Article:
One of the Lakelanders steps forward, a captain or lieutenant judging by the white stripes on his uniform. He shouts something, a hand outstretched, his lips forming the word stop. But we can’t hear him above the growing roar of engines.
“Go!” Farley shouts, appearing at the back of the plane. She hurtles into the closest seat, buckling herself in with shaking hands.
Cal doesn’t need to be told twice. His hands work double-time, twisting and pressing, as if this is second nature. But I hear him muttering under his breath, like a prayer, reminding himself of what to do. The Blackrun lurches forward, wheels rolling, while the rear ramp rises into place, sealing the interior of the craft with a satisfying pneumatic hiss. No going back now.
“All right, let’s get this thing moving,” Cal says, settling back into his pilot’s chair with an almost excited twist. Without warning, he grabs a lever on the panel, pushing it forward, and the jet obeys.
It rolls ahead, on a collision course with the line of soldiers. I grit my teeth, expecting a brutal scene, but they’re already running, fleeing the Blackrun and her vengeful pilot. We tear from the hangar, gaining speed with every passing second, to find the runway in chaos. Transports roar past the barracks, heading for us, while a troop of soldiers fires boldly from the roof of the hangar. The bullets ping into the metal hull, but never puncture it. The Blackrun is made of stronger stuff and pushes on, turning a hard right that rattles us in our seats.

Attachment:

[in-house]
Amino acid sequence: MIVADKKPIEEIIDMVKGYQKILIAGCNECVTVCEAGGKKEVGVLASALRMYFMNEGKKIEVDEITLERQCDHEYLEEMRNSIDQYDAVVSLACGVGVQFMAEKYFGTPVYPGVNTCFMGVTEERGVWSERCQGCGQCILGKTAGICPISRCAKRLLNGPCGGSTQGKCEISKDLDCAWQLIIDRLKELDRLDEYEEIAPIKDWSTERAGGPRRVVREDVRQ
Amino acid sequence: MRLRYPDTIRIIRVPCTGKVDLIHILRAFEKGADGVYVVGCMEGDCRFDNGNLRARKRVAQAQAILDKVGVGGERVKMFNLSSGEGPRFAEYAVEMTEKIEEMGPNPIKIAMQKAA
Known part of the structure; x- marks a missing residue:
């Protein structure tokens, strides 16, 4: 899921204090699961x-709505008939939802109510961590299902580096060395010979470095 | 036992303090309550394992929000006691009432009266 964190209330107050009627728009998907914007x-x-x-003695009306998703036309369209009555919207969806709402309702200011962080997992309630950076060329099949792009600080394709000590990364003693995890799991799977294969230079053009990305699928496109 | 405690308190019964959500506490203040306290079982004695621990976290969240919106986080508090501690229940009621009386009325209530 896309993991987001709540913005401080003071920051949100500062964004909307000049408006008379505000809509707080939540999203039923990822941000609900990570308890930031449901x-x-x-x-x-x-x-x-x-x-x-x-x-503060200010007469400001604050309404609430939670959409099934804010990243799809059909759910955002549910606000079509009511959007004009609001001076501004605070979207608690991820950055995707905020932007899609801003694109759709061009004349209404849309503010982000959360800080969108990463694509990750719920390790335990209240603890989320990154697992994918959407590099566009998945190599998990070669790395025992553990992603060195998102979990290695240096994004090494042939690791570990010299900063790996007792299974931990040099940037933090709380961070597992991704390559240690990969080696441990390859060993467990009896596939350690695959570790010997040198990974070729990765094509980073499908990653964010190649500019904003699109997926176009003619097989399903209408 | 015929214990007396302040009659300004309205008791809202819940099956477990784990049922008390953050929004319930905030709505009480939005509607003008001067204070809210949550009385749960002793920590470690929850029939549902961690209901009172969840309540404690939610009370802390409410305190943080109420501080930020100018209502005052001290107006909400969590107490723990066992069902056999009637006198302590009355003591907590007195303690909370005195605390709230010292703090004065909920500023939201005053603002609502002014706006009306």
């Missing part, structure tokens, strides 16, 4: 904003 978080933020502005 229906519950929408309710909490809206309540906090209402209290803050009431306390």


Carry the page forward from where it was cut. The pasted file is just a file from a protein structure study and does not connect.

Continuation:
Kilorn gets the brunt of it, not having fastened his safety belts properly. His head bangs against the curved wall and he curses, cradling his bruised cheeks. “You sure you can fly this thing?” he growls, directing all his anger at Cal.
With a sneer, Cal pushes further, urging the jet to its top speed. Out the window, I see the transports falling away, unable to keep pace. But ahead, the runway, a bland gray road, is steadily coming to an end. Soft green hills and stunted trees have never looked so menacing.
“Cal,” I breathe, hoping he hears me over the scream of engines. “Cal.”
Behind me, Kilorn fumbles with his belt, but his fingers are shaking too badly to be of any use. “Barrow, you got one last jump in you?” he shouts, glancing at my brother.
Shade doesn’t seem to hear him. His eyes stare forward, his face pale with fear. The hills are closing in, seconds away now. I picture the jet driving over them, steady for a moment, before tipping end over end to explode in a fiery wreck. Cal would survive that, at least.